• anonymous says:

          I hate when people do that.

        • I get the flu and go to school and work Ben. As do you. Work doesn’t stop when you have Boo-boo.

          A) Depends on the severity of your flu, doesn’t it?
          B) Does your work or school require you to sit at a desk, thinking and reading and writing, or does it require you to perform skills of high athletic degree of difficulty?

        • Chris C. says:

          “I get the flu and go to school and work Ben. As do you. Work doesn’t stop when you have Boo-boo.”

          Aside from Damon, the Yankees have 5 guys on their major league roster who can play the outfield, so why the hell would you feel the need to play a guy who’s sick???

          And let’s be honest……it’s not like he’s Willie Mays.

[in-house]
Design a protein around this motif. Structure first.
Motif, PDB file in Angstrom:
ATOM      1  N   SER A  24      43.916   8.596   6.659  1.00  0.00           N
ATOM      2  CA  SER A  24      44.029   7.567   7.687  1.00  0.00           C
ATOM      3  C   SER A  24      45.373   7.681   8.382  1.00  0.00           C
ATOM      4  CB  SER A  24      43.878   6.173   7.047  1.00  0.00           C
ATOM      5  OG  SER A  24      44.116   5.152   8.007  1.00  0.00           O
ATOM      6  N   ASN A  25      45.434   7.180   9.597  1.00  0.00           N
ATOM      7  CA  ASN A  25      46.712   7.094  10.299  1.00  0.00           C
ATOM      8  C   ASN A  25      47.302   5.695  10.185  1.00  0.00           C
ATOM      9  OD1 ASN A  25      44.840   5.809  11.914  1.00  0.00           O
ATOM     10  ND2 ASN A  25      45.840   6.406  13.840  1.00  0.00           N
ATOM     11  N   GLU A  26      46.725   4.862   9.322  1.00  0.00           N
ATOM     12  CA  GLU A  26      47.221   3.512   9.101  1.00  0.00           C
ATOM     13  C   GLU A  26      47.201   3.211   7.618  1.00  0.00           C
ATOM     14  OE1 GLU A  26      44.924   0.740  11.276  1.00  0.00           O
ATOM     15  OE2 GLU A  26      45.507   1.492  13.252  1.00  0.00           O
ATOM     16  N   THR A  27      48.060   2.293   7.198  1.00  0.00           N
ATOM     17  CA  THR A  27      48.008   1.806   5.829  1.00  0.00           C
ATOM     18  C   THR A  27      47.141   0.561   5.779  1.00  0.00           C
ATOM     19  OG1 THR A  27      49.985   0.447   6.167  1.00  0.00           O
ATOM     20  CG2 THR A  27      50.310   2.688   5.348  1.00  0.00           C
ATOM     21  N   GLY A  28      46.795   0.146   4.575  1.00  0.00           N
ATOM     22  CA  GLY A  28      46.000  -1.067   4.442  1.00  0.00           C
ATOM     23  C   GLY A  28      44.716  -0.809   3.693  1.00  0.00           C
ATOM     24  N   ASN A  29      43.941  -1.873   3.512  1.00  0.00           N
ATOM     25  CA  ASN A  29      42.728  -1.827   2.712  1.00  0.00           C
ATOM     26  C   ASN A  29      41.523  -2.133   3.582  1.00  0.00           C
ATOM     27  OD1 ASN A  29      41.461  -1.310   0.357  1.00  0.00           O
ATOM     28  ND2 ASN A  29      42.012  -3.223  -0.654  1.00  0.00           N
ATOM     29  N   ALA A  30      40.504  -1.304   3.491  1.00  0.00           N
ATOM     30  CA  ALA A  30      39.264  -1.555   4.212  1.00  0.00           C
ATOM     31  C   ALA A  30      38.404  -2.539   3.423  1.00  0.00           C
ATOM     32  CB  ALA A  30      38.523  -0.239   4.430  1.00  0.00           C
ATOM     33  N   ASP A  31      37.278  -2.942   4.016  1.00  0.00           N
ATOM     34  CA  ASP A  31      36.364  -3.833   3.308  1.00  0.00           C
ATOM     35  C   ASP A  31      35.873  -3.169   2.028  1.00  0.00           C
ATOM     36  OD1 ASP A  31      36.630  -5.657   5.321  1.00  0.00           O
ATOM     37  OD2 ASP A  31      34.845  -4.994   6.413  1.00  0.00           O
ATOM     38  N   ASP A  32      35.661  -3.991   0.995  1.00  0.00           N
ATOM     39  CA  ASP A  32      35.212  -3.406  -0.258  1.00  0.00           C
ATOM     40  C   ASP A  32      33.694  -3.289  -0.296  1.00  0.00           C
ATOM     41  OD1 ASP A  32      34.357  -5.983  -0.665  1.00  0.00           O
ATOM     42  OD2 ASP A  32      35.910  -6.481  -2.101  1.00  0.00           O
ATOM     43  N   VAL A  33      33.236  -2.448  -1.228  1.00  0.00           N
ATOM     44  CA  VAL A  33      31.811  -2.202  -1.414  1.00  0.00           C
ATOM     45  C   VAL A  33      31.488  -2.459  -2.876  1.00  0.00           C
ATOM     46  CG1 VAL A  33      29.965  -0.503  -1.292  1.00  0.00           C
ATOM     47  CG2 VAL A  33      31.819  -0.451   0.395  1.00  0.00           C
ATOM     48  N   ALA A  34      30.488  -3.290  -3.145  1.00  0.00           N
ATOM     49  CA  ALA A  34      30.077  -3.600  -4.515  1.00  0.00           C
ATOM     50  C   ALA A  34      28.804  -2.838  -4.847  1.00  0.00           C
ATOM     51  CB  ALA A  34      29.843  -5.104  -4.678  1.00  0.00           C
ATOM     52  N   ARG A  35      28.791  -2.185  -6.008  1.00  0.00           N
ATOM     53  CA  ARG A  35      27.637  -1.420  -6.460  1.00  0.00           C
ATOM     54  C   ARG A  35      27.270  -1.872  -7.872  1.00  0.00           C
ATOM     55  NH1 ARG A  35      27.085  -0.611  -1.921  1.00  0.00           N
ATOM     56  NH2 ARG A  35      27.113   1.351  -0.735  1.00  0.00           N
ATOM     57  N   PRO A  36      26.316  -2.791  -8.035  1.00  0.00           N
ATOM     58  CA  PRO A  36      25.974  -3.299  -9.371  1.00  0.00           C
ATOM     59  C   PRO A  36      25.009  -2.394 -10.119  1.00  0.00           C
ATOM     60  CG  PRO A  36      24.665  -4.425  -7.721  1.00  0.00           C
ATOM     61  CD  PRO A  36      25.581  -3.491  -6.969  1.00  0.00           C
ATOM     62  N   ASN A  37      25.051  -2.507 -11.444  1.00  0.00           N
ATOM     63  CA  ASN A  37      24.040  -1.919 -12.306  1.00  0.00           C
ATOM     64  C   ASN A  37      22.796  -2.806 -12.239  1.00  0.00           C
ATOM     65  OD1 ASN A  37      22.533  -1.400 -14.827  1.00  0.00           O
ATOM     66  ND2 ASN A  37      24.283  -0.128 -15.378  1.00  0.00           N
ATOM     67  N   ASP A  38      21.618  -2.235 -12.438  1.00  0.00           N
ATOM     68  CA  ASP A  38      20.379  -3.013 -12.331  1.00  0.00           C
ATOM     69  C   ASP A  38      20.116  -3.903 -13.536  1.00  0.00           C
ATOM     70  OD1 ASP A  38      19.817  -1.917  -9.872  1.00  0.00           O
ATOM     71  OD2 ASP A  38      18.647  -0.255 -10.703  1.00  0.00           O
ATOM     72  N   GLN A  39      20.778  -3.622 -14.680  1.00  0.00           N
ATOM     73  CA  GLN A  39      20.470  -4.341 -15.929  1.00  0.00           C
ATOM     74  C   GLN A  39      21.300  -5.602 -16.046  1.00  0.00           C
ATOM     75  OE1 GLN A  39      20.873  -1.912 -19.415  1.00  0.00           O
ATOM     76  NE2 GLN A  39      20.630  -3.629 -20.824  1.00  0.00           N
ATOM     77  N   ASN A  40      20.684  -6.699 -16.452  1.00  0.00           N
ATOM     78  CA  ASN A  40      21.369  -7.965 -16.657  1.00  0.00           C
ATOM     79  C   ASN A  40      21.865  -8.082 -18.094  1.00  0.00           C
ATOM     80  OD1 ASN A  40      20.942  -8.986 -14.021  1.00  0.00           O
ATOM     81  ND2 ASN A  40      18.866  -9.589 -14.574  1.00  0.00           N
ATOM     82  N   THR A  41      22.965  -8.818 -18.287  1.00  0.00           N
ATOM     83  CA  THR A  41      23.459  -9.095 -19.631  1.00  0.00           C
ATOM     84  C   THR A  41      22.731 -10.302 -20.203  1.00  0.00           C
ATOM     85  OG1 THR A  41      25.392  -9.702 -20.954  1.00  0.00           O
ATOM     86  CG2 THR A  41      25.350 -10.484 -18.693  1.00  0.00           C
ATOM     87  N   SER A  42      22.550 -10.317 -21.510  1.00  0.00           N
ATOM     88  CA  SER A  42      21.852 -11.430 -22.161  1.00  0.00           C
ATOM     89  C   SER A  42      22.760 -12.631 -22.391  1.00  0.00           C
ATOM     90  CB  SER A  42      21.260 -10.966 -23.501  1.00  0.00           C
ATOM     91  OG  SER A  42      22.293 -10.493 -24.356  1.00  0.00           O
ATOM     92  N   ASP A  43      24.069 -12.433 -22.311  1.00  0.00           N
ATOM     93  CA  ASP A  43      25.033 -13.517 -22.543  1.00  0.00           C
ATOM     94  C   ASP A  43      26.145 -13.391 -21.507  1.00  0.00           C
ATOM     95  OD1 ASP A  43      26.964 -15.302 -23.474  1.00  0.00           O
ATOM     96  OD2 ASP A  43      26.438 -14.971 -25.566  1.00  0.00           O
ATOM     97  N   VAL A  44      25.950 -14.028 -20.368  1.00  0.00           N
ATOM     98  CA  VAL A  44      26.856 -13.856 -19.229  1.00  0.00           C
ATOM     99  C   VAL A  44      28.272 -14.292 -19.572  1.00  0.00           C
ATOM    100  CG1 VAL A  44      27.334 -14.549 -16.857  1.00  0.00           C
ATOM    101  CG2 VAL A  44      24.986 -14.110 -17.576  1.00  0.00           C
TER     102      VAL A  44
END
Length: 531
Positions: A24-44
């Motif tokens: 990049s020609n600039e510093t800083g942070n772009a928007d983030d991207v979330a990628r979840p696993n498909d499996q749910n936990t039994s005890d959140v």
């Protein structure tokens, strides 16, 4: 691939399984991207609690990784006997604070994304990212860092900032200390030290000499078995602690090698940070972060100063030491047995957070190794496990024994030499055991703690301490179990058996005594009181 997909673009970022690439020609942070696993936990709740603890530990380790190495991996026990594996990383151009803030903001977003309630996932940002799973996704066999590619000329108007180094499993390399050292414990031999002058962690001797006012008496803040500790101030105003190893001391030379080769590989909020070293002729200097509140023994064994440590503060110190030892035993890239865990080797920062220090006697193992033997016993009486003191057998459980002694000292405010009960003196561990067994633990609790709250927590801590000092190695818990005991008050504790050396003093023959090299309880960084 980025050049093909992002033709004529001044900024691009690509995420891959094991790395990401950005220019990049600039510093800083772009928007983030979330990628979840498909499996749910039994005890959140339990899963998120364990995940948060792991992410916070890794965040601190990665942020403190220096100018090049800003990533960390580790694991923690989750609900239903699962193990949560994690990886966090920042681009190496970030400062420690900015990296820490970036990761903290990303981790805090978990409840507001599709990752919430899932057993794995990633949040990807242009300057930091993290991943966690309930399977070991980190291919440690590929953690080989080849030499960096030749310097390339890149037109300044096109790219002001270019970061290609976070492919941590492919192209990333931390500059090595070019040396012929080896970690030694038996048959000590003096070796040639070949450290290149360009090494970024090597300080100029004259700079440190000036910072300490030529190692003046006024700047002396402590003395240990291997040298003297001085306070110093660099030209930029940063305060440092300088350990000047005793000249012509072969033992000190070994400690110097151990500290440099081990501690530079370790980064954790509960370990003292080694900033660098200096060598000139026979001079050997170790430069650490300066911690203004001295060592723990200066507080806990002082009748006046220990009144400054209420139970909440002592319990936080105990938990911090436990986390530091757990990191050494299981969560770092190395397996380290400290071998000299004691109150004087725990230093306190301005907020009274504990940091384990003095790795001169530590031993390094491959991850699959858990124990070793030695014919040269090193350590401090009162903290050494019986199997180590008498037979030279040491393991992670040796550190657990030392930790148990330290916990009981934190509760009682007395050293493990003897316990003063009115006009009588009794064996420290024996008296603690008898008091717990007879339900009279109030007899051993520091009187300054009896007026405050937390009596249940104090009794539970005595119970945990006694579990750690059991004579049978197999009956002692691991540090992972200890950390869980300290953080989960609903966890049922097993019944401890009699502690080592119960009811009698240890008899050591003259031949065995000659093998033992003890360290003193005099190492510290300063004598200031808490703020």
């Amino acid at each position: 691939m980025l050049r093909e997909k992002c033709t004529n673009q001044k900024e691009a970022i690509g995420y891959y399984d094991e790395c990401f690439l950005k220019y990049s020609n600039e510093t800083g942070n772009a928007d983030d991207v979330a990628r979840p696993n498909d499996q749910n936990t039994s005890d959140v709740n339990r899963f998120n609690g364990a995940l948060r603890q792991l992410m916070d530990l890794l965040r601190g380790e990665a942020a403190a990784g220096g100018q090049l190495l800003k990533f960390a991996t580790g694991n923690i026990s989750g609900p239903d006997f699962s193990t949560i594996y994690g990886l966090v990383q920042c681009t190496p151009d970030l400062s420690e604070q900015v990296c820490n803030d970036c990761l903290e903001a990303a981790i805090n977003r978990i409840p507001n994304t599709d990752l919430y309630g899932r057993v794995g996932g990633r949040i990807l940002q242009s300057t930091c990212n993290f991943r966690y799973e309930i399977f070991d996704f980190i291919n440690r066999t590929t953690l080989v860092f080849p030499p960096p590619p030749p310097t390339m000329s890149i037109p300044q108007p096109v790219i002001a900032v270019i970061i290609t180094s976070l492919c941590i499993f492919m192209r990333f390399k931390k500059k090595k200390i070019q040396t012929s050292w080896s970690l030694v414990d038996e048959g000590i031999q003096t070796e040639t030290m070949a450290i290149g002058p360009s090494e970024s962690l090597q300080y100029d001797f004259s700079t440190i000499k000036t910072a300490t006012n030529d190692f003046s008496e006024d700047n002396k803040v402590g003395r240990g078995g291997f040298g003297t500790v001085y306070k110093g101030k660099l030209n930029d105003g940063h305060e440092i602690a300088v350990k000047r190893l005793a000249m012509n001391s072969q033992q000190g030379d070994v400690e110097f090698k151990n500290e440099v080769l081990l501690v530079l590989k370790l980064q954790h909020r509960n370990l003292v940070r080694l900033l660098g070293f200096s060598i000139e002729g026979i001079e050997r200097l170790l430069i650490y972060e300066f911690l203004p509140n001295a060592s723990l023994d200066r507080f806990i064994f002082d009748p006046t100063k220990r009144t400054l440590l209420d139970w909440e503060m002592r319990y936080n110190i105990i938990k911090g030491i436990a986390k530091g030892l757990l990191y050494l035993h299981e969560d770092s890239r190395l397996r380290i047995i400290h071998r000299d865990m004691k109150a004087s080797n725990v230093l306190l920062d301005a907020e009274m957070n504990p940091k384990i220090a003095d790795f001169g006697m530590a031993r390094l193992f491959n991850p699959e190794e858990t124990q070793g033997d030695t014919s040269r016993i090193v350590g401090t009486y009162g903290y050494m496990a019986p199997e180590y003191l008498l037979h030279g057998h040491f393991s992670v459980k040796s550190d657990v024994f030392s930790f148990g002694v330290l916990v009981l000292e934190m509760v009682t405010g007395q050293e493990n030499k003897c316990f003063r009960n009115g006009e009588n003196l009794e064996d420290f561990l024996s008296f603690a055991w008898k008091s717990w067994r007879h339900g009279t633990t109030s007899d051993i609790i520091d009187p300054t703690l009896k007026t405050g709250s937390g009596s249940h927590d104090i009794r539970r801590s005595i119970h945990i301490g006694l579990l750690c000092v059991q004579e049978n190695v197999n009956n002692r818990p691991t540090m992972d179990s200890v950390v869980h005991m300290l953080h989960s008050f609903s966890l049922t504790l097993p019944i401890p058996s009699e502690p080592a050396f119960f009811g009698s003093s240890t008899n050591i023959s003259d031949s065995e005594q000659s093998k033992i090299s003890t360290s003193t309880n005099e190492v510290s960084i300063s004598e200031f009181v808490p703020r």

• Dude, Johnny D was sick today. Sick. It happens. His mom’s not well and he lost sleep caring for her. People get sick. Heck, I’ve felt like shit this past week.

      That’s why he didn’t start today.

    • handtius says:

      “I hope you feel good about yourself now.”

      Damn…You Got Served!

  11. Joey H says:

    Well, I hate to say it and I know all you stat obsessed people are going to throw all these numbers at me but quite honestly if Nady is hurt, it can’t be the worst thing for the team. Now Girardi can start Swisher without pussyfooting around X. This way we have no hurt feelings. Ahhh ha! Swish for MVP.

  12. Tony says:

    No mistakes at third base tonight. Keep Pena at third until AROD comes back?

  13. Matt K says:

    Stats question.
    I was comparing fielding stats for melky vs gardner and melky clearly has alot more major league stats to go by. Gardner is mostly minor league numbers. So what I am wondering if it is safe to compare melky’s big league heavy numbers vs gardners mostly minor league numbers. Is fielding at the minor league level the same as fielding in the majors??

    Thanks for the Help

    • dan says: